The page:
Plain sail­ing on a Lon­don bus

The Weekend Australian - Travel - - Destination Afloat - AF­SANEH KNIGHT

THERE is no great city with­out wa­ter. From Istanbul to Paris, Syd­ney to New York, the grand­est and most glo­ri­ous have blue run­ning through.

Lon­don’s Thames has held its weight of his­tory, has car­ried kings and traitors, war­ships and trade ships, clip­pers heavy with tea and spice.

The Vik­ings sailed up it, loot­ing and ter­ror­is­ing; Wil­liam the Con­queror built the Tower of Lon­don on its bank; cen­turies later Anne Bo­leyn was rowed there to her death; 23 years af­ter and her daugh­ter ar­rived on her barge, tri­umphant as Eng­land’s new queen. Here, Sir Wal­ter Raleigh set sail; and Ox­ford and Cam­bridge have raced for 200 years. It has been bloated with sewage, and frozen so thick that bon­fires were lit straight on the ice.

The Thames no longer stinks, nor does it freeze, and to­day its no­blest boats sit per­ma­nently an­chored: the replica of the Golden Hind, the boat on which El­iz­a­beth I knighted Sir Fran­cis Drake; the Cutty Sark, the last of the tea clip­pers, her masts and rig­ging a cob­web against the sky; and the grey, griz­zled HMS Belfast, which saw ser­vice through the worst days of World War II and be­yond, as far as Korea.

With th­ese great ves­sels moored, the traf­fic of the Thames is gen­tle now: tour boats and the odd gin palace, tugs pulling con­tainer pal­lets, and the slow po­lice pa­trols.

Most un­spec­tac­u­lar and unglam­orous of all is the River Bus, the daily ser­vice that chugs a con­stant path from Green­wich, in the east, to Put­ney, in the west, and back again. It is used as any other piece of public trans­port — by busi­ness peo­ple, school­child­ren and the hoi pol­loi of Lon­don with places to go.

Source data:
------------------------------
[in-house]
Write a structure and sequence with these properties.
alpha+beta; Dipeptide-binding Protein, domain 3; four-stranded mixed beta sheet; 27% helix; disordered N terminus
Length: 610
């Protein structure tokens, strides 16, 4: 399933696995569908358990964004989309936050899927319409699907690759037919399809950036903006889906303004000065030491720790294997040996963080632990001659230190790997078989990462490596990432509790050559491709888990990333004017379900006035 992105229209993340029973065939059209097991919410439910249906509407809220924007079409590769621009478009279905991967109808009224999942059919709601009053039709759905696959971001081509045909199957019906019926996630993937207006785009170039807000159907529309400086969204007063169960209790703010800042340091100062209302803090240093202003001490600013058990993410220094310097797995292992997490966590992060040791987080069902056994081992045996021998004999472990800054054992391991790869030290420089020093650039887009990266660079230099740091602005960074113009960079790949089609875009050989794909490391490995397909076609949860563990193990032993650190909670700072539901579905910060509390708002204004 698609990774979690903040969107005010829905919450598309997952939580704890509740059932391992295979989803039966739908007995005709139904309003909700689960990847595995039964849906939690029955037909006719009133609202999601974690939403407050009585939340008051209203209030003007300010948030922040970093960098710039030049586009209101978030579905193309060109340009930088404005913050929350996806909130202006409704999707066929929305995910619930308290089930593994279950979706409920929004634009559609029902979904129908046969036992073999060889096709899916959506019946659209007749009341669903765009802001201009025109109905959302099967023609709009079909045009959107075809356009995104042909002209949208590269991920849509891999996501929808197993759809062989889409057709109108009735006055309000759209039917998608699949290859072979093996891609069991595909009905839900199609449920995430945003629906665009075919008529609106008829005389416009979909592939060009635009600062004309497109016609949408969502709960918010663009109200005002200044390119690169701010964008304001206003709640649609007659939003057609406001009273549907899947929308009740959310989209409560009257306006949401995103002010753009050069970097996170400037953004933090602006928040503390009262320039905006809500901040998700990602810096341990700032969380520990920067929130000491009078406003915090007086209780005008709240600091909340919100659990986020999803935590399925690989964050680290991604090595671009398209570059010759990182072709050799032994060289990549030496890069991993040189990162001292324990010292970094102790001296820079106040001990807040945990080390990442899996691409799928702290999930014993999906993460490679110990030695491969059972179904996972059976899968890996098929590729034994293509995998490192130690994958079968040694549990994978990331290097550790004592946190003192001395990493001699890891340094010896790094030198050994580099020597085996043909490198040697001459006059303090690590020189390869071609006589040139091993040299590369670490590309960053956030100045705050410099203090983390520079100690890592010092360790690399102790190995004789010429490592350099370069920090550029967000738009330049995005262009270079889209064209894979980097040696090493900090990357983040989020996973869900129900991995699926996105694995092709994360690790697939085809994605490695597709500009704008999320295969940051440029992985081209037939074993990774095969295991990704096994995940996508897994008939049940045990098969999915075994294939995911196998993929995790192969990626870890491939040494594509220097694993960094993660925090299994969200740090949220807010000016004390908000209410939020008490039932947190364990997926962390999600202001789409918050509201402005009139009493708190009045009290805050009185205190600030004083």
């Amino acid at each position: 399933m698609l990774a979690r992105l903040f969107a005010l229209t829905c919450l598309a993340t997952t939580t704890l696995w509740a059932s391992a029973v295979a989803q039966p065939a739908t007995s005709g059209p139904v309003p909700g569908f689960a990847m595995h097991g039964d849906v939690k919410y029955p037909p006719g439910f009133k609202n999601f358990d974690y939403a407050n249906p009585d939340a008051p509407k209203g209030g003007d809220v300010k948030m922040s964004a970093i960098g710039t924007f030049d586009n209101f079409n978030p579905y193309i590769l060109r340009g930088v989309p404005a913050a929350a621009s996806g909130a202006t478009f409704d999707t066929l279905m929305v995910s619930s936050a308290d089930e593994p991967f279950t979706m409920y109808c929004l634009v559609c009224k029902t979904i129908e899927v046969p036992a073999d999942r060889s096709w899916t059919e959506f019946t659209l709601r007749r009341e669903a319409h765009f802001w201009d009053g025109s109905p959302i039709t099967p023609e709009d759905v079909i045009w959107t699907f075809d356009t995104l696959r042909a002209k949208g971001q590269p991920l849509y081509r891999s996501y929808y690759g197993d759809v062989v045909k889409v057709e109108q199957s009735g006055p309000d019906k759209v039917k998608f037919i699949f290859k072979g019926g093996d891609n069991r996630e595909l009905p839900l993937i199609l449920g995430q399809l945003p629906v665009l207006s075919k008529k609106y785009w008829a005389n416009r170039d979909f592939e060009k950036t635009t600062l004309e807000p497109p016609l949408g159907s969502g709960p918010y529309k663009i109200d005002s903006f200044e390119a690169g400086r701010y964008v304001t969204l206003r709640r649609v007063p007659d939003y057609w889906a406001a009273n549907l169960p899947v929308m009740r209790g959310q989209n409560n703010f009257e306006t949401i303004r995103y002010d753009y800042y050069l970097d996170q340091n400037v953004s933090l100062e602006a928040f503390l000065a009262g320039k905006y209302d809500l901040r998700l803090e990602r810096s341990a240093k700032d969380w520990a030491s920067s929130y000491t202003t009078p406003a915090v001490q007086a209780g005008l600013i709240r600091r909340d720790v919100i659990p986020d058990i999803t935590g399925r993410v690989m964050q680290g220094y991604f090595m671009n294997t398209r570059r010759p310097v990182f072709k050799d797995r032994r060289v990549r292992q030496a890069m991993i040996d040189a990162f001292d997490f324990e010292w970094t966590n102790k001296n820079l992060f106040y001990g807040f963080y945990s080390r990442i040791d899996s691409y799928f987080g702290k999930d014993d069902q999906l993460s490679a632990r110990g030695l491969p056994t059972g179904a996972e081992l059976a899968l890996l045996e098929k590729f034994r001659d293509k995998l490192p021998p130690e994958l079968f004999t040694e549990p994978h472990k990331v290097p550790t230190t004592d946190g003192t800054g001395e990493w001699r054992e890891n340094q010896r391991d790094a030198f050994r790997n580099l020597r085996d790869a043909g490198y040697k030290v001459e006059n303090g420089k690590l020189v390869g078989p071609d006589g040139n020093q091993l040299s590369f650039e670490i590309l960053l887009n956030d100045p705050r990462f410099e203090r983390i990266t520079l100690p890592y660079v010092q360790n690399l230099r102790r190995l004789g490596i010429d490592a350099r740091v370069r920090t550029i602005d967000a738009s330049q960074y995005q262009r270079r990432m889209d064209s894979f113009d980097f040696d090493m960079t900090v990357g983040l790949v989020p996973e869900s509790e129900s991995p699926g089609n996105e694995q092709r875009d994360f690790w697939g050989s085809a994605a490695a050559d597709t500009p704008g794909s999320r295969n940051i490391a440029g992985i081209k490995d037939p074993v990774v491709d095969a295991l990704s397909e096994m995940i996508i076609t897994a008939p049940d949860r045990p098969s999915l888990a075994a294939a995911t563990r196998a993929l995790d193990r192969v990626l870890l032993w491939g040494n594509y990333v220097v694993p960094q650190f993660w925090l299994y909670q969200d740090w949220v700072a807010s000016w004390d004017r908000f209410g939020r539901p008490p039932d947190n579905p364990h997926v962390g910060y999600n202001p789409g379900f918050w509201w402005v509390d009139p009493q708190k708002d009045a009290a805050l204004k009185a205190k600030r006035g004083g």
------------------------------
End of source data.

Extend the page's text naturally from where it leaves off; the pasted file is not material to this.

Tick­ets cost a few pounds, you find a seat in­side or out, you sit down. You can get a bad cof­fee and a bag of crisps from the kiosk, if you’re feel­ing fancy. No­body greets you or demon­strates safety; there are no fas­ci­nat­ing facts about the sights to your left and to your right.

This is a bus. A bog stan­dard, un­ro­man­tic, un­jazzy bus, that hap­pens to clip through the heart of the most sin­gu­lar, ec­cen­tric, ex­cit­ing city on earth. If you miss Big Ben chim­ing be­cause you are read­ing a news­pa­per — too bad, re­ally, no­body cares. This is Lon­don, in­nit.

I like to board at the pier just un­der the Lon­don Eye, tourists peer­ing down from their bub­bles, and take the boat west, past the carousels and ice-cream vans of the South Bank, and the re­gal 1970s bru­tal­ity of the Na­tional Theatre.

Bloody hell, some of the build­ings by Black­fri­ars Bridge are to­tal eye­sores, but look to the right and there’s the Globe Theatre; if you pass it dur­ing a show, the in­cense pours out from the roof and you can smell it even here, in the mid­dle of the wa­ter.

Old Billings­gate is on the left (once the city’s fish mar­ket and now an events venue, such is life); next to it the Tower of Lon­don, Traitor’s Gate still daubed with its sad white let­ters; op­po­site reigns Mayor Boris John­son, en­sconced within the curved glass of City Hall.

Here is Tower Bridge — tsk, it’s open­ing for some show-off boat and we’re hav­ing to sit and wait. Oh, look. There’s a Nando’s chicken shop. And here are the tall, flat fronts of the Vic­to­rian wharves and ware­houses, into which the world’s riches were fed to make Eng­land fat.

Here it all is, the hig­gledy, hum­bling mess that has sprouted up over 2000 short years. And it’s yours, this liq­uid his­tory, for £4.75 ($9.25). •

The River Bus on its way up the Thames

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